I live in a largely Blue state in a legendarily Blue town in a consistently Blue county and although I love the country of my birth, I truly feel as though I have one foot out the door. I'm as Red as I'm willing to get. Even a slight Doppler Shift would be enough to do me in. The problem is that I've got close Canadian relatives and lots of European friends, so I have a strong sense that despite Herculean efforts to argue otherwise, our politics are totally insane.

What about folks who live in Louisiana? Do you actually cheer when Mary Landrieu wins because she's better than the alternative? Or people in Georgia. Were you proud and relieved to have Sam Nunn as your Senator?

I'm sorry, but I could never, ever do that.

Lesser of two evils is bad enough on the national level. I'd have a really hard time swallowing it locally.

I grew up in a different Blue state but in a pretty Red town. The things I noticed that happened to the Blue-oriented folks in these situations weren't things I wanted to emulate. Either they shifted toward the Red as an inevitable compromise. Or else, they became almost a caricature of the Blue voter. Their Blue tendencies became comical and exaggerated. I can remember growing up when recycling was just starting and you actually had to drive to the dump to recycle things. All the people who showed up to recycle were essentially the town's Blue iconoclasts. Talk about bleeding-heart, do-gooder types. It was bizarre, almost as though there had been a casting call for "Liberals." I'd like to live in a place where rational, compassionate, liberal views are the mainstream, not a clear indication that you are some oddball out on the fringe. My current town, despite its reputation, just barely meets that need, but, sorry to say, there is absolutely no way that I could imagine living in a Red state. If my town got any more Red and I could come up with an exit strategy then, frankly, I'd be out of here.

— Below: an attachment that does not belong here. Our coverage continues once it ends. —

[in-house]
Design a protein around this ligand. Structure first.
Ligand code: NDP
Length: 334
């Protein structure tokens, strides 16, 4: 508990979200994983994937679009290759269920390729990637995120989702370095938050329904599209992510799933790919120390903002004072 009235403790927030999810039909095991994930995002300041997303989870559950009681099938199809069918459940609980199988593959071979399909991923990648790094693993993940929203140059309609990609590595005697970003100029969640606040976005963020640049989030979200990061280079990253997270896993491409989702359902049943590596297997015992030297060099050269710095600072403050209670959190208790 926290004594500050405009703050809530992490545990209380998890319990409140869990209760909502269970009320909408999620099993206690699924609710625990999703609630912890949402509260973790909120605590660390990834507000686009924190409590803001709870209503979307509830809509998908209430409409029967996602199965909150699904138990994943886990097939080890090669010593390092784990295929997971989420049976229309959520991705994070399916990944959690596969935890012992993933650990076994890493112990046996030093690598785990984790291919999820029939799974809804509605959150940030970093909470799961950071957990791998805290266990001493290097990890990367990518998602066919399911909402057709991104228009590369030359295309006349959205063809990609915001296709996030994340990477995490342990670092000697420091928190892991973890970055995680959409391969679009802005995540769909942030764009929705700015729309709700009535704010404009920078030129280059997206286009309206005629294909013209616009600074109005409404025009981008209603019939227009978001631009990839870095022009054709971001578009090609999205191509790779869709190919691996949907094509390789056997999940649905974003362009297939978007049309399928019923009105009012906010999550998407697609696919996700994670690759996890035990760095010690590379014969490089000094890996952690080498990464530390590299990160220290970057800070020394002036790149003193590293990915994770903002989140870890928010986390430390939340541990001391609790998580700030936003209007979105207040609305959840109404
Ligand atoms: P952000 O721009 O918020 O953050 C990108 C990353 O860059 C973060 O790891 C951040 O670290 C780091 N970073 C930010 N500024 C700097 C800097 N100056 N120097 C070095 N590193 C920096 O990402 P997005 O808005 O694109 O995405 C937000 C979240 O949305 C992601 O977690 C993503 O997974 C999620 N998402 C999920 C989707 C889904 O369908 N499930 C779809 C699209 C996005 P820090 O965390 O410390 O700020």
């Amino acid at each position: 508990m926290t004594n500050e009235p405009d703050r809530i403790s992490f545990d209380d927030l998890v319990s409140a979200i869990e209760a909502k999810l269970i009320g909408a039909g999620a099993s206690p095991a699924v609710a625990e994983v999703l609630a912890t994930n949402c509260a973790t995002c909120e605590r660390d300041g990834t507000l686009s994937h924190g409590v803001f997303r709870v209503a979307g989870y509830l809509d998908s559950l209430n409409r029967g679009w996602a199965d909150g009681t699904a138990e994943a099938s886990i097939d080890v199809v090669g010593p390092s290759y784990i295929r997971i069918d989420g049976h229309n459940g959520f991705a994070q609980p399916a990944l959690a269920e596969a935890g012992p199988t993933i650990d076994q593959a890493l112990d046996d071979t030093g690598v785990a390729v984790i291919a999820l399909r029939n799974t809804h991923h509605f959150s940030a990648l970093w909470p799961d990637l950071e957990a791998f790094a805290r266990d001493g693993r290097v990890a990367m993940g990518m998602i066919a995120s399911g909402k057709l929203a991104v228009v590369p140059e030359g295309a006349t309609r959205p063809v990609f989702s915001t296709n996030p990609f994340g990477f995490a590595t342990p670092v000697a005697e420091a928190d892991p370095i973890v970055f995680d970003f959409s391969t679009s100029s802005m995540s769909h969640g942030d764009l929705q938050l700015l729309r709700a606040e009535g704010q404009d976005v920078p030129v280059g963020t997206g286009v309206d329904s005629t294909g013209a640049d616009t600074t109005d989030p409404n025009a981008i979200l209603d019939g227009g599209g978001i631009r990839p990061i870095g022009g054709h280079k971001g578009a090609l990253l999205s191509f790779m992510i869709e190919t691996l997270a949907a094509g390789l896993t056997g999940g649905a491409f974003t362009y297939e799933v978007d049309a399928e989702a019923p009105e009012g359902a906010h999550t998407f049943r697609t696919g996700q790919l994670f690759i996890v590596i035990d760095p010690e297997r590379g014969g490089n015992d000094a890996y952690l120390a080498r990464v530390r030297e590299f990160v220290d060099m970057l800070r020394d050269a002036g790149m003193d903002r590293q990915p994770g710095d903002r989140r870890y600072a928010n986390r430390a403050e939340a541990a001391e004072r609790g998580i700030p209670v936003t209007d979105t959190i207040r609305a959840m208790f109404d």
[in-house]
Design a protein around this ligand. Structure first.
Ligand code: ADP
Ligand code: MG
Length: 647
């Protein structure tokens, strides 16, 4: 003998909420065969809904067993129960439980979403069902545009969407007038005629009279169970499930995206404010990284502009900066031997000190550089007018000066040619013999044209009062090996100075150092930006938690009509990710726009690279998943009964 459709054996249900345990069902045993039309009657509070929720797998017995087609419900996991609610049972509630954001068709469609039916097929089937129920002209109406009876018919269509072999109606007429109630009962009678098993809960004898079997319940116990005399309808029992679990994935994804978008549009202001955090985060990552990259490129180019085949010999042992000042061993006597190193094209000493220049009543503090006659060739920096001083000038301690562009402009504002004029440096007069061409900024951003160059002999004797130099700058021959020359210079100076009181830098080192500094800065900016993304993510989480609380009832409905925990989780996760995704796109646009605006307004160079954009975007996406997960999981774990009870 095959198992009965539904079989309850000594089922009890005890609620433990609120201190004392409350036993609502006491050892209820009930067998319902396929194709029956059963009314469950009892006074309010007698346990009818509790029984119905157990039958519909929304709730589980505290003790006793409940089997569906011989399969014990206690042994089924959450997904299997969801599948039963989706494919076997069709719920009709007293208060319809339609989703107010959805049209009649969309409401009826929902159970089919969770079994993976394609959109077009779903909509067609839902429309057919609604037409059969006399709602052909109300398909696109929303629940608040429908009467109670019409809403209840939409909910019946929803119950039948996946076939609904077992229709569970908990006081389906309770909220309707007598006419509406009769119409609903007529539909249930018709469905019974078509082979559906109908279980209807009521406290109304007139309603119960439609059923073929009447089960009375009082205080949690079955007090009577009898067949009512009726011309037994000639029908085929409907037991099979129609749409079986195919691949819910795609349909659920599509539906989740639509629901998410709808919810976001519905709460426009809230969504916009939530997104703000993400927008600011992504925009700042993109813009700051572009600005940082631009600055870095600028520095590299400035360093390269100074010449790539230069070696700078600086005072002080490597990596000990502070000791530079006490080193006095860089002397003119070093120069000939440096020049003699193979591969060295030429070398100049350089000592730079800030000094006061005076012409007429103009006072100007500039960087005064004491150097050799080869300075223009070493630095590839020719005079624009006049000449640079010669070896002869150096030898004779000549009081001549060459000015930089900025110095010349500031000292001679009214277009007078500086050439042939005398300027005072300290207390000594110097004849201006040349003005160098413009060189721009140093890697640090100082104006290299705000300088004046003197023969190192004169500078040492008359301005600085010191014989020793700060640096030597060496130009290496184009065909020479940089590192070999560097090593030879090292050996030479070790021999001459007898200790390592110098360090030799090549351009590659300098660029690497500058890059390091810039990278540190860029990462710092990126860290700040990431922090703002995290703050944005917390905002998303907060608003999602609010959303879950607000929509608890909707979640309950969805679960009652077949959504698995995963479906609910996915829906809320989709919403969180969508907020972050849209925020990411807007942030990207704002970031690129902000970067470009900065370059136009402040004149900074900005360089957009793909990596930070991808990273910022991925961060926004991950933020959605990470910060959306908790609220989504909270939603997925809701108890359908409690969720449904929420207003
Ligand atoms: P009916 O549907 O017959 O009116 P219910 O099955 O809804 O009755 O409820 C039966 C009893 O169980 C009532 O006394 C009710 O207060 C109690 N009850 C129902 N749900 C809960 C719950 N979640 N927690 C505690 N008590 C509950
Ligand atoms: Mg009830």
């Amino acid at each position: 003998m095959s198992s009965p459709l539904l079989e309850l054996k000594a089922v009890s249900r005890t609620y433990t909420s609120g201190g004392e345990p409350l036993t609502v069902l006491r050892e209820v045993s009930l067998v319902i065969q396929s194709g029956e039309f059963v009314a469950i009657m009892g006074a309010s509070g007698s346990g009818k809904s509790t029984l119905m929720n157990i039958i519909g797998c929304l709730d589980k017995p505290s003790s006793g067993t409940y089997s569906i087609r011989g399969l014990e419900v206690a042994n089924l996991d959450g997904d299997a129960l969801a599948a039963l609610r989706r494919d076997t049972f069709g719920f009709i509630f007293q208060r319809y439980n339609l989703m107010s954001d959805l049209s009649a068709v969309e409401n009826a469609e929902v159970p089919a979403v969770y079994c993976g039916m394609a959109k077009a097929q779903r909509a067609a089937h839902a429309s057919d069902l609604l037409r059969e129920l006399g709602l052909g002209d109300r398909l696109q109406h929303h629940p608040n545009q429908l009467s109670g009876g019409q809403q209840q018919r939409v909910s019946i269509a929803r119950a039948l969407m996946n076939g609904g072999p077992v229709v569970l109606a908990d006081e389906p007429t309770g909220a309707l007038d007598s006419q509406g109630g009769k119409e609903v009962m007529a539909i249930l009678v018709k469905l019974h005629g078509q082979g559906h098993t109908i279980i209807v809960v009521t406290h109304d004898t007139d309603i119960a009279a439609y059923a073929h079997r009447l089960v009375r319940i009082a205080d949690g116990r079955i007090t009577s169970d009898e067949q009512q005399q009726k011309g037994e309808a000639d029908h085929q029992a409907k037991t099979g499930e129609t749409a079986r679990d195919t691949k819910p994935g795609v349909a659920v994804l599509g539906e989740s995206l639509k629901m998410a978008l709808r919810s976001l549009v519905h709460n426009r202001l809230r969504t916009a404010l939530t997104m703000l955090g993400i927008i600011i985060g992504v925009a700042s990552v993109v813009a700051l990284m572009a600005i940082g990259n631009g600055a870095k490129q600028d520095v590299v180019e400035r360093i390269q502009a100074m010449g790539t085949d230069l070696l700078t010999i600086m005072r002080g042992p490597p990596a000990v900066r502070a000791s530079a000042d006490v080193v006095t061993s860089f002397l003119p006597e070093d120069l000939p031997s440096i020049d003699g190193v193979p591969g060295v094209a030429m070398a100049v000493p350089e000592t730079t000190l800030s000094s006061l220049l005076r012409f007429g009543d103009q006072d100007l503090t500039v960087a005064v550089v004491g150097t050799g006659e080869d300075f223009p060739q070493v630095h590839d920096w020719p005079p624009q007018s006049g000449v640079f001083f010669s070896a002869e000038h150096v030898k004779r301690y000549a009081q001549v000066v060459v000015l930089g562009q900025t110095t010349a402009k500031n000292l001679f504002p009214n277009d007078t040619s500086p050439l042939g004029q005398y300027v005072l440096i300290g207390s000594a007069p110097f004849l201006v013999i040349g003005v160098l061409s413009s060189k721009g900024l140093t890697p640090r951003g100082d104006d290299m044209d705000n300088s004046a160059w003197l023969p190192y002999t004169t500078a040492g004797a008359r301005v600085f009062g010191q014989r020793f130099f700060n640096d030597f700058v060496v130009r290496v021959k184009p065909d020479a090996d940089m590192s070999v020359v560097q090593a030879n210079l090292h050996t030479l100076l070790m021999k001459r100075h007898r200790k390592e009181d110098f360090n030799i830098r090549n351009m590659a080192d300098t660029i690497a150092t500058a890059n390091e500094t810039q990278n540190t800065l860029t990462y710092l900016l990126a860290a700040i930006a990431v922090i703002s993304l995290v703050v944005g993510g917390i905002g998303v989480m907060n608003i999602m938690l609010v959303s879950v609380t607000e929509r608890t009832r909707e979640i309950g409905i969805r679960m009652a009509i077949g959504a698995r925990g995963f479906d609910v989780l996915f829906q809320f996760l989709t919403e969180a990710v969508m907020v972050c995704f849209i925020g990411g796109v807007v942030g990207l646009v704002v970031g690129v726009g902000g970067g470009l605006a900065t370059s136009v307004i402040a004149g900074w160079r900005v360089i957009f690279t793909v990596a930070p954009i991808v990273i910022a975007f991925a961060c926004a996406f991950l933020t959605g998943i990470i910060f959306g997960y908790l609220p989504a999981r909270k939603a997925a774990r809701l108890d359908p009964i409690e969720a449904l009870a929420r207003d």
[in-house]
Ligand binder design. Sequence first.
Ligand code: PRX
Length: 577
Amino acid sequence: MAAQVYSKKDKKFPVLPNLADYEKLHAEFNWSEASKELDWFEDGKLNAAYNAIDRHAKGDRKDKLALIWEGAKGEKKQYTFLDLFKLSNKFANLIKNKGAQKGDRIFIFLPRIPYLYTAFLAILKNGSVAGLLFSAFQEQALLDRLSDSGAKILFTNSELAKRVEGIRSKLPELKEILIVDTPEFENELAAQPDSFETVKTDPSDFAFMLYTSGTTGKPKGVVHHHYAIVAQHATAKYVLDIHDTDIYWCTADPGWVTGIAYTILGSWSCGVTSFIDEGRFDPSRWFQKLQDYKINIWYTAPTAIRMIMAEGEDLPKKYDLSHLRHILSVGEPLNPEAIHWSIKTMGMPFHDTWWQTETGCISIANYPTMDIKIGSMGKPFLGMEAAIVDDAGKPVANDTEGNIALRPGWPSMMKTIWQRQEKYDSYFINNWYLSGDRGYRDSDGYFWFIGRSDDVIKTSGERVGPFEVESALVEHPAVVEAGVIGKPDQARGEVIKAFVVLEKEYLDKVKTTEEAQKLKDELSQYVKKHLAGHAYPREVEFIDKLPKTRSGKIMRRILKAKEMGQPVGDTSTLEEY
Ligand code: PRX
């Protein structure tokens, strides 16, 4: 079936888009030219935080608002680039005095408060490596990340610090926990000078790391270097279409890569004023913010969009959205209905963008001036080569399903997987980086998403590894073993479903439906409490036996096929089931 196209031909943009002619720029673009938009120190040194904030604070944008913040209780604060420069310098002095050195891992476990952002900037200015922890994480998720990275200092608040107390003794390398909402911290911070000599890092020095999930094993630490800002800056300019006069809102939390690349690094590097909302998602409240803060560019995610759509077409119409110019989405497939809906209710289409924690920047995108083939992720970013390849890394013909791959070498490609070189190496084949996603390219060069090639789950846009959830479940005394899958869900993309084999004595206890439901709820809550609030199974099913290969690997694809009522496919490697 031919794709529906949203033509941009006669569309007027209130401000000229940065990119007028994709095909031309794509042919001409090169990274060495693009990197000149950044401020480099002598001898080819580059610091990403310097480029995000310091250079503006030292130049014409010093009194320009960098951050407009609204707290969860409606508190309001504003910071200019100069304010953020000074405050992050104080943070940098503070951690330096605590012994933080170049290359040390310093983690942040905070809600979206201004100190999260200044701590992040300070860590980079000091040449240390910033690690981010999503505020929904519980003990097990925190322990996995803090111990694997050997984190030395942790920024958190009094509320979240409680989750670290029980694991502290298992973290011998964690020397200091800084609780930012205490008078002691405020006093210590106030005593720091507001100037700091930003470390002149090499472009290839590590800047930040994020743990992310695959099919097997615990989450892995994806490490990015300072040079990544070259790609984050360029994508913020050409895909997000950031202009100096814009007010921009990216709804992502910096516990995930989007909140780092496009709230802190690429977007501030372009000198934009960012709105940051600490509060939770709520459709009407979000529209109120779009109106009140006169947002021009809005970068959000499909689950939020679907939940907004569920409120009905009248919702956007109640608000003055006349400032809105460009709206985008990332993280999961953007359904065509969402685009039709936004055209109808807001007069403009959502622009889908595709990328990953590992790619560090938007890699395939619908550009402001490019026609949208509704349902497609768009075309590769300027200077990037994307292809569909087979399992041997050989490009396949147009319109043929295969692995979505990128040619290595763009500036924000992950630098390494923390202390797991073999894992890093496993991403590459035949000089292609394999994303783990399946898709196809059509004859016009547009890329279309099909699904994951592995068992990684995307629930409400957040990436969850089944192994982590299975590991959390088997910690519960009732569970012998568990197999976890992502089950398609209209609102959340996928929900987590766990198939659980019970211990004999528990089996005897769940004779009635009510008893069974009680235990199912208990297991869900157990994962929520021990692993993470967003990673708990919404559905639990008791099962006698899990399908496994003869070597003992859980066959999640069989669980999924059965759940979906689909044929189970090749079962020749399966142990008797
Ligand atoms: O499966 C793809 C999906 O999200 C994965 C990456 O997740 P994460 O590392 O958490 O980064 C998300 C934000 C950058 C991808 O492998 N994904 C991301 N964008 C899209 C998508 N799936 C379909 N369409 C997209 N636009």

I know that seems like I'm pursuing a Platonic ideal or am obsessed with some unrealistic purity (ponies, unicorns, etc.), but again, I know lots of "normal" people in Canada or Europe (some of whom amazingly qualify as right-of-center in their countries) for whom my "radical" ideas are considered so reasonable that they are barely worth comment.

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Response to RufusTFirefly (Reply #66)

Wed Jun 25, 2014, 10:52 AM

83. I have lived in the urban south my whole life. Austin, Houston, Atlanta---totally different

world. This is where the "Red state liberals" live. You get used to your city government being out of step with your state government the same way that San Francisco has been out of step with the state of California in the past.

I suspect that across the nation, Big Urban is very similar everywhere you go. Take someone from Seattle, put them in Austin---in the winter, not summer---and I think they could be quite happy.

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Response to McCamy Taylor (Reply #83)

Wed Jun 25, 2014, 12:45 PM

89. Very interesting. Thanks

Although I have a hunch that the definition of "liberal" is somewhat fluid from one state to another. There's an old guy in my neighborhood, for example, who's a big O'Reilly fan and yet he keeps in regular touch with a gay couple who used to live next door to him. But he's definitely a Republican. That particular G of the classic 3 G's of conservatives doesn't seem to bother him at all. (He's straight, by the way.)